Sectional Debrief: Royal Ascot, Friday June 21

Ryan Moore triumphed aboard Hillstar.

Simon Rowland's takes a look at the sectionals from Friday of Royal Ascot...

"Hillstar remains on the "to follow" list, though, given his breeding and the relative speed he showed in the finish, it should not be seen as a formality that he will thrive at the St Leger distance..."

Sectionals have many uses, including in helping to determine the state of the going by identifying times that have resulted from falsely-run races, in assisting greatly with the interpretation of the way races have panned out and in spotting individual horses whose ability might otherwise be hidden to some degree. All three have been in evidence at Royal Ascot this week, and never more so than on Friday. 

Sectional "to follow" horse Hillstar came from some way back to win the "Royal Ascot Derby" (the King Edward VII Stakes) at a Betfair SP of 9.15. But did he benefit from the favourite, Battle of Marengo, going too soon, or does the performance reflect even better on Hillstar himself? 

King Edward Secs.png

The sectionals suggest it was a case of the latter, rather than the former. Indeed, Joseph O'Brien on the runner-up rode close to optimum judged on both last-3f and last-2f splits. Hillstar, who was receiving 3 lb from his rival, did quite well to run him down having been about six lengths down 3f out and only a length closer a furlong later. 

Hillstar remains on the "to follow" list, though, given his breeding and the relative speed he showed in the finish, it should not be seen as a formality that he will thrive at the St Leger distance of nearly 3f longer. A race or two in between could yet see him taking a different route, in any case.

Mutashaded deserves a bit of extra credit, also, though he was in front of Hillstar turning in before rallying late on. It was only his third race, as well.

Coronation Secs.png

Pace played a major part in the outcome of the Coronation Stakes at a mile later on the card. Sectionals suggest strongly that Sky Lantern was the best filly by some way (she won by four lengths, so that is not exactly an Earth-shattering conclusion) but she got a notably well-judged waiting ride from Richard Hughes in a race in which the leaders went a bit too quickly.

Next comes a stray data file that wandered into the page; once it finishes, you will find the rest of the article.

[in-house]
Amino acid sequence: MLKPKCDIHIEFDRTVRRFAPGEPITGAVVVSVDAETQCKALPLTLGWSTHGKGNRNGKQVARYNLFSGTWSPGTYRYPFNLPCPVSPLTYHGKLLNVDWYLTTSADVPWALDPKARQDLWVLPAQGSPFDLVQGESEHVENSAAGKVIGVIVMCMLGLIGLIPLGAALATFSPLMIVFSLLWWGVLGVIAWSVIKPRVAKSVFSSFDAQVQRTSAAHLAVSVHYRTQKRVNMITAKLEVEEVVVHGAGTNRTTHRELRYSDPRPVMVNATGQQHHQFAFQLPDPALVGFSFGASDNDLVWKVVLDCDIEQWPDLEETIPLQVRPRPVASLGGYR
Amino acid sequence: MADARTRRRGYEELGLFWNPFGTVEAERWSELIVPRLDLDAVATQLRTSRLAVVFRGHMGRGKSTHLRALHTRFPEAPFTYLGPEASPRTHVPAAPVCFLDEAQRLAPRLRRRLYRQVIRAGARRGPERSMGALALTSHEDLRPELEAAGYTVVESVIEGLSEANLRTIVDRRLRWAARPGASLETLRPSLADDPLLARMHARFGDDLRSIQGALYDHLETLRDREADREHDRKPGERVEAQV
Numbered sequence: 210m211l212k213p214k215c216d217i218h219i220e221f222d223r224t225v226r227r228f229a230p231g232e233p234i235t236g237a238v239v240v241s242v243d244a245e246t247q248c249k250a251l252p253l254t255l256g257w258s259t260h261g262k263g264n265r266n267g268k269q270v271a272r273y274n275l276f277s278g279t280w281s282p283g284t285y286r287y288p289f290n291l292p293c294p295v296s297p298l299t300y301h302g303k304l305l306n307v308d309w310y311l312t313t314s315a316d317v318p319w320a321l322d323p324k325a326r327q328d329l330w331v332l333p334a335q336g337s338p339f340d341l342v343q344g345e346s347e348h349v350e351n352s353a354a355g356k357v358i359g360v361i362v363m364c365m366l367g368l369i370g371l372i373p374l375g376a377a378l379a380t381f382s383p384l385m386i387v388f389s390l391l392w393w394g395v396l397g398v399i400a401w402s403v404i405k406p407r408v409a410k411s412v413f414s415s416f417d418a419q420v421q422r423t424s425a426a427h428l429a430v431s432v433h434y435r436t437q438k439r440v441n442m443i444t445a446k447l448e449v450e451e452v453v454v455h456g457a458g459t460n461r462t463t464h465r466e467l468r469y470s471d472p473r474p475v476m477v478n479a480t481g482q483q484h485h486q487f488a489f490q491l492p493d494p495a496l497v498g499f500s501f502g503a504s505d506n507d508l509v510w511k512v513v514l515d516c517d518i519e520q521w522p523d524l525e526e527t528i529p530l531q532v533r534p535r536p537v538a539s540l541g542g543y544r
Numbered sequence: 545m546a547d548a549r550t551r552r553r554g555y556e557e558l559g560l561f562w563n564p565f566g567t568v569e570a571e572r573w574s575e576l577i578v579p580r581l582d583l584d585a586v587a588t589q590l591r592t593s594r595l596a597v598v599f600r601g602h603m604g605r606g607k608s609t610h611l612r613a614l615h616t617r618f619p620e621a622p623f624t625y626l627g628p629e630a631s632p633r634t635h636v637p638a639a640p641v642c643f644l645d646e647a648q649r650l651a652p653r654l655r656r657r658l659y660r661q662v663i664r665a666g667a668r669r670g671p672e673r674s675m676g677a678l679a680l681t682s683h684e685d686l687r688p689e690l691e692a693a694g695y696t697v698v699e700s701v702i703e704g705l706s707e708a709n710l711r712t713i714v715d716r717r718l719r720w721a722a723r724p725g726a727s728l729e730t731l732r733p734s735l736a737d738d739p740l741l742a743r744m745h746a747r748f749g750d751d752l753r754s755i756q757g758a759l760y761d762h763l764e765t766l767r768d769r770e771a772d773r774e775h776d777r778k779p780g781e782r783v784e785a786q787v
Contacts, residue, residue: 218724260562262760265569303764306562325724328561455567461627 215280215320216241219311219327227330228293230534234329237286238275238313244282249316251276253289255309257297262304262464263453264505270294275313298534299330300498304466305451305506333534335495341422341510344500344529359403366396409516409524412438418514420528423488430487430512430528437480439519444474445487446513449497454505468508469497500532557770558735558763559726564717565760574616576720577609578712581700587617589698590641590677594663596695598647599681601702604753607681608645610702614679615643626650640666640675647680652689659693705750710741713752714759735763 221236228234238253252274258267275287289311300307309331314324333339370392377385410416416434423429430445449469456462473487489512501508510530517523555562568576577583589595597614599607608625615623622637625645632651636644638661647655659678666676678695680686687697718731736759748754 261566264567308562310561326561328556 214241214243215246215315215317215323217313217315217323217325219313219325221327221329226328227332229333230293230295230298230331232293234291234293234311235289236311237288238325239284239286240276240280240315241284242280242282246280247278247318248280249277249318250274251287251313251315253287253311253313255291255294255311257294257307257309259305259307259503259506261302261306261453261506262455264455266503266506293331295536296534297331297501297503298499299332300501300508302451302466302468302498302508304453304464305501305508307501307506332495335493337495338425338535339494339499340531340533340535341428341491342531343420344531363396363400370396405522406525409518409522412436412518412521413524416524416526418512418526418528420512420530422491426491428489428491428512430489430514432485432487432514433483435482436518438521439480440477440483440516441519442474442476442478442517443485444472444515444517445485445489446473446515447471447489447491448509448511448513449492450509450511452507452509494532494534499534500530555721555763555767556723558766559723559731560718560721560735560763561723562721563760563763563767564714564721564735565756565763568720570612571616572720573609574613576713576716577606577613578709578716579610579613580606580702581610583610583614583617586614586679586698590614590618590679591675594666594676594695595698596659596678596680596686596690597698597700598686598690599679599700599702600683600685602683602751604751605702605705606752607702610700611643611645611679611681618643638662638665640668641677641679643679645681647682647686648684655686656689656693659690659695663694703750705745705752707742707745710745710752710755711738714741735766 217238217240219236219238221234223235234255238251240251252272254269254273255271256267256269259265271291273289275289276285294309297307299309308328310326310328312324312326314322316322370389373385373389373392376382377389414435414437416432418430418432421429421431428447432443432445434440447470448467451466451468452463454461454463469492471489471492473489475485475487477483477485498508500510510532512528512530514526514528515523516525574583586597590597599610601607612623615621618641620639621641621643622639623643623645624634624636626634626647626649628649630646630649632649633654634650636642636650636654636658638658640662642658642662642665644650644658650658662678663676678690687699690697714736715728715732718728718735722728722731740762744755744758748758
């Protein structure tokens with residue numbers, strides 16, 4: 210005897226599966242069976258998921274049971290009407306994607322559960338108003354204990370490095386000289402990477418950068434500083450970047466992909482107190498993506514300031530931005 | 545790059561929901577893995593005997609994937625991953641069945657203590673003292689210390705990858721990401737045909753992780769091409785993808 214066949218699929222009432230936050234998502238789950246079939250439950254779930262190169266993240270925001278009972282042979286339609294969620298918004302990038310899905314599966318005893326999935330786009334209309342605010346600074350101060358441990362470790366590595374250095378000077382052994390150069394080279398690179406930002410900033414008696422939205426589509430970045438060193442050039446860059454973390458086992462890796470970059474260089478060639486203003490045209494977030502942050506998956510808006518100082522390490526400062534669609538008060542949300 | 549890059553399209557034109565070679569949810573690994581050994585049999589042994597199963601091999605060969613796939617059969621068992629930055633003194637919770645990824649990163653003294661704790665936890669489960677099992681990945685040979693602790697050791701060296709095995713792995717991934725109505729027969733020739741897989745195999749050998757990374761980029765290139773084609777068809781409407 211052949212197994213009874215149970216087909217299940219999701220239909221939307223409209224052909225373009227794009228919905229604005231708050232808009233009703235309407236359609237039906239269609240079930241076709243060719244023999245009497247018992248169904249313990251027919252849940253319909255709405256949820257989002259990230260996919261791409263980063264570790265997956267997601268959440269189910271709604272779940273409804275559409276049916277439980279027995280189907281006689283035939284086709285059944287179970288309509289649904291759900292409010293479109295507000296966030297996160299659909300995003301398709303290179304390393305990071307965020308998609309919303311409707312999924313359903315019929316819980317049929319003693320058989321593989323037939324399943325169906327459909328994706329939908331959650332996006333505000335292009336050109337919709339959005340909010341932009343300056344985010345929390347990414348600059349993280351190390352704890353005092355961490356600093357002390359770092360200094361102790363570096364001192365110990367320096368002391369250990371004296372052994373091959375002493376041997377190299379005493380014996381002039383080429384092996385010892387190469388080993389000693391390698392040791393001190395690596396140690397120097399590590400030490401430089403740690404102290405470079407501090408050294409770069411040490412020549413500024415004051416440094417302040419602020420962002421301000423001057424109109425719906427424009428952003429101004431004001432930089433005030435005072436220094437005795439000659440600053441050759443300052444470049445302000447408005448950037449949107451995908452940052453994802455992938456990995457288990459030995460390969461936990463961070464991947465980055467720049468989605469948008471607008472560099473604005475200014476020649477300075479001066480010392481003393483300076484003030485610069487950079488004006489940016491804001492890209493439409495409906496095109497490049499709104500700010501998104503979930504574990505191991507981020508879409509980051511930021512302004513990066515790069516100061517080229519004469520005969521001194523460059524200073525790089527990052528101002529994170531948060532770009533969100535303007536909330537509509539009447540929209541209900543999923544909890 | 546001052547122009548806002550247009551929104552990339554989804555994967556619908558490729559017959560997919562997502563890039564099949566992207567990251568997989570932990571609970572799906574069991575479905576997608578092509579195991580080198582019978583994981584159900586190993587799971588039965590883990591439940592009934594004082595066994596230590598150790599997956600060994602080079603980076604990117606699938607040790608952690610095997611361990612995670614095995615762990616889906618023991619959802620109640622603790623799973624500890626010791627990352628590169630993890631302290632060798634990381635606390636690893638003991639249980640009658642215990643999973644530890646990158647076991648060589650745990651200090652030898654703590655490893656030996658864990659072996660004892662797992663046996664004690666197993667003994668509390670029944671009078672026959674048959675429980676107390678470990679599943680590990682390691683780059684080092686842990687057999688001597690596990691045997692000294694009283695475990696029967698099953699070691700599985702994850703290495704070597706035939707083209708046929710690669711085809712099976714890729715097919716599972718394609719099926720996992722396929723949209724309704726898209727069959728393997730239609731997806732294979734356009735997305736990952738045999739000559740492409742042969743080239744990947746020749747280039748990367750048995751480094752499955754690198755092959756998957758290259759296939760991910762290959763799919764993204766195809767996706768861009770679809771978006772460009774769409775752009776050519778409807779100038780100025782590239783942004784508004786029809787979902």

Lovely Pass led Roz, with Rehn's Nest and Big Break close up, turning in, at which point Sky Lantern was last-but-one and around eight lengths adrift, but the picture changed rapidly entering the final furlong as Sky Lantern swept past. 

Only the first two posted finishing speeds that were quicker than their average race speeds (as indicated by the %s in the table), and any filly from second through to seventh has credible claims to be considered the "moral" runner-up. With the future in mind, it is Big Break who gets added to the "to follow" list, having disputed the lead with 2f to go. 

Other races on the round course have Forgotten Voice running about 36.05s for the last 3f of the 10f Wolferton Handicap (104.9% finishing speed) and Leading Light running about 39.25s for the last 3f of the 16f Queen's Vase (98.1% finishing speed). 

The latter deserves quite a bit of extra credit in digging so deep to prevail (par is about 100.8% finishing speed) in a race in which the next five home were respectively thirteenth, tenth, seventh, fourteenth and twelfth at the sectional. Leading Light himself was third at that point but less than a length down. 

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